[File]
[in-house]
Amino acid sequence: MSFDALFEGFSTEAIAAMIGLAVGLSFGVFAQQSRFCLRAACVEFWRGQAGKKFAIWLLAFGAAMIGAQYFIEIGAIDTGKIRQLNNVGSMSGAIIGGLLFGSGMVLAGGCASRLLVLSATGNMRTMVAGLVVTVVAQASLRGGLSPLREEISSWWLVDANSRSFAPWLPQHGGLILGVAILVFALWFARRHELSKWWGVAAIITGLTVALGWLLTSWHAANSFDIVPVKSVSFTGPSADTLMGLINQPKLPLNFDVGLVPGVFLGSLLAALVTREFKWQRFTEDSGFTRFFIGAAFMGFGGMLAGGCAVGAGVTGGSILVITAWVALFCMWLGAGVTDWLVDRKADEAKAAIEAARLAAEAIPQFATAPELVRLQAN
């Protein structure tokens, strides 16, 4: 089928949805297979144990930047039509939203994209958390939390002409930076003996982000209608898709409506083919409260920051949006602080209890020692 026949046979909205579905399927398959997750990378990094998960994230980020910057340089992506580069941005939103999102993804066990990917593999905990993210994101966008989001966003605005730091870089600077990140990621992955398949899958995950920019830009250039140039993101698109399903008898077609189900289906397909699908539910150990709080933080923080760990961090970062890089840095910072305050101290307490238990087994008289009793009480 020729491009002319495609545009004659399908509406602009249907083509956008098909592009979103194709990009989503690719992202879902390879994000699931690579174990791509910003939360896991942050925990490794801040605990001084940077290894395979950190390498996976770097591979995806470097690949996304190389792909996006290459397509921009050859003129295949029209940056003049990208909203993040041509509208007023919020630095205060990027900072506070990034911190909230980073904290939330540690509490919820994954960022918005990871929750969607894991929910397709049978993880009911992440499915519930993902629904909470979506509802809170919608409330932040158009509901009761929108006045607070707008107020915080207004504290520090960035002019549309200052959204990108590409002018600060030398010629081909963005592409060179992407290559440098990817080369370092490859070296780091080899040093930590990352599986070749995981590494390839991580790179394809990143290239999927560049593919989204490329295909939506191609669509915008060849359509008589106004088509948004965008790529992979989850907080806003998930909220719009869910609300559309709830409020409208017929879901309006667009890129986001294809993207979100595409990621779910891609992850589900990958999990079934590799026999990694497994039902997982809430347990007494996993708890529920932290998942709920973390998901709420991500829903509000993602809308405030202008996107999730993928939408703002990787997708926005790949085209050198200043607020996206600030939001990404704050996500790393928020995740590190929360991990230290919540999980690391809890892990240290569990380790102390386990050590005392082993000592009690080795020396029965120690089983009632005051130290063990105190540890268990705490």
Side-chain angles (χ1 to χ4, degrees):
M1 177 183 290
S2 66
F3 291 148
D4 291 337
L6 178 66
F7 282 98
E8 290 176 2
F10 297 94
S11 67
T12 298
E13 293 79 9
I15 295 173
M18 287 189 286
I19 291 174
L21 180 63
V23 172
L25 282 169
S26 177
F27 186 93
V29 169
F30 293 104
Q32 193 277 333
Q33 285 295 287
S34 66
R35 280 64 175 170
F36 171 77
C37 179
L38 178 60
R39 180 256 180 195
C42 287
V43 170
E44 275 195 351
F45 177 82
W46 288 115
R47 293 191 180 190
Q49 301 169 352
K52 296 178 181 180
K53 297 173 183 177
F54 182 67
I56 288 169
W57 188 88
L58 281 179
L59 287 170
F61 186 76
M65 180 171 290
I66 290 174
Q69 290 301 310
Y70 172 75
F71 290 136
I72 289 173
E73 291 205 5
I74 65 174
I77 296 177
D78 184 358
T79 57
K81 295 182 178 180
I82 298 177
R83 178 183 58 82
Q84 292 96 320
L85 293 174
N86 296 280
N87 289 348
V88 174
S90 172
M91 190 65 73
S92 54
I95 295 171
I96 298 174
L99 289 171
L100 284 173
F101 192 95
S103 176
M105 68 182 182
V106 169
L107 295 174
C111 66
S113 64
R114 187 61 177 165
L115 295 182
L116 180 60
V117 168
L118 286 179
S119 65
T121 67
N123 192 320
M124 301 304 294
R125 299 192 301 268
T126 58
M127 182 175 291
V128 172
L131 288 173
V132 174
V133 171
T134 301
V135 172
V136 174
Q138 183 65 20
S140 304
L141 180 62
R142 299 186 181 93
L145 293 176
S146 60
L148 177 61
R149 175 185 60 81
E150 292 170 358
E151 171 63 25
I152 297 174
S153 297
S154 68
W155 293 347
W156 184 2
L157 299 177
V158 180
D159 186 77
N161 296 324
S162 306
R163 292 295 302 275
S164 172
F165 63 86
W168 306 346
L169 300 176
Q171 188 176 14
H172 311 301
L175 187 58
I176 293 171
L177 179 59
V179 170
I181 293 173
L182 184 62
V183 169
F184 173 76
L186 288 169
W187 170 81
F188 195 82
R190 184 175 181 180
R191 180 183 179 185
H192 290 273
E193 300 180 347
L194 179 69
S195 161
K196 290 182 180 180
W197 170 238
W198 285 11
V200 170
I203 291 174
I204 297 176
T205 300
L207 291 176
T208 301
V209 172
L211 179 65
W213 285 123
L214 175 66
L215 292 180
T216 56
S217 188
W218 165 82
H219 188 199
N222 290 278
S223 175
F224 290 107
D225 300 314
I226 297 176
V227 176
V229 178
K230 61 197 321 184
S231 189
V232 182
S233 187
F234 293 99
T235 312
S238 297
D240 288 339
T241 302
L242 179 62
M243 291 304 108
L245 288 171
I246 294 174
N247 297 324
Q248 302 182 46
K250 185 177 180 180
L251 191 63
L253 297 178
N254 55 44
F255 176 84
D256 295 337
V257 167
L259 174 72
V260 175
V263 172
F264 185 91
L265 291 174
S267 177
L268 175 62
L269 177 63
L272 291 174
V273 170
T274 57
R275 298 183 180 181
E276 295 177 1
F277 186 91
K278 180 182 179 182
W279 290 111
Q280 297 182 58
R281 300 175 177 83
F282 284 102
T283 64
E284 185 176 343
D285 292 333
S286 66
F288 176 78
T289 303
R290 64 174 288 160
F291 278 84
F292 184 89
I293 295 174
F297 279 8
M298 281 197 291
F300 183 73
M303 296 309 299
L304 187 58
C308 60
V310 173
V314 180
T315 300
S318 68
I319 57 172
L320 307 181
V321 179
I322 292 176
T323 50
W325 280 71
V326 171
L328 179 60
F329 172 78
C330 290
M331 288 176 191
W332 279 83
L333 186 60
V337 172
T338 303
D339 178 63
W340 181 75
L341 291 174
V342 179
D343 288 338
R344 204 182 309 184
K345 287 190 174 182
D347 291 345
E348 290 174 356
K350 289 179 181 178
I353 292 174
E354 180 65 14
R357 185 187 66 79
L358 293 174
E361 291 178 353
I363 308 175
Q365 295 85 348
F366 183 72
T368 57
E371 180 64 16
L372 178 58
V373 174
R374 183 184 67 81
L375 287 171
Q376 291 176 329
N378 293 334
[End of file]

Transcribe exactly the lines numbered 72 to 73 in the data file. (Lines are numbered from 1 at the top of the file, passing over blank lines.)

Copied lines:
I96 298 174
L99 289 171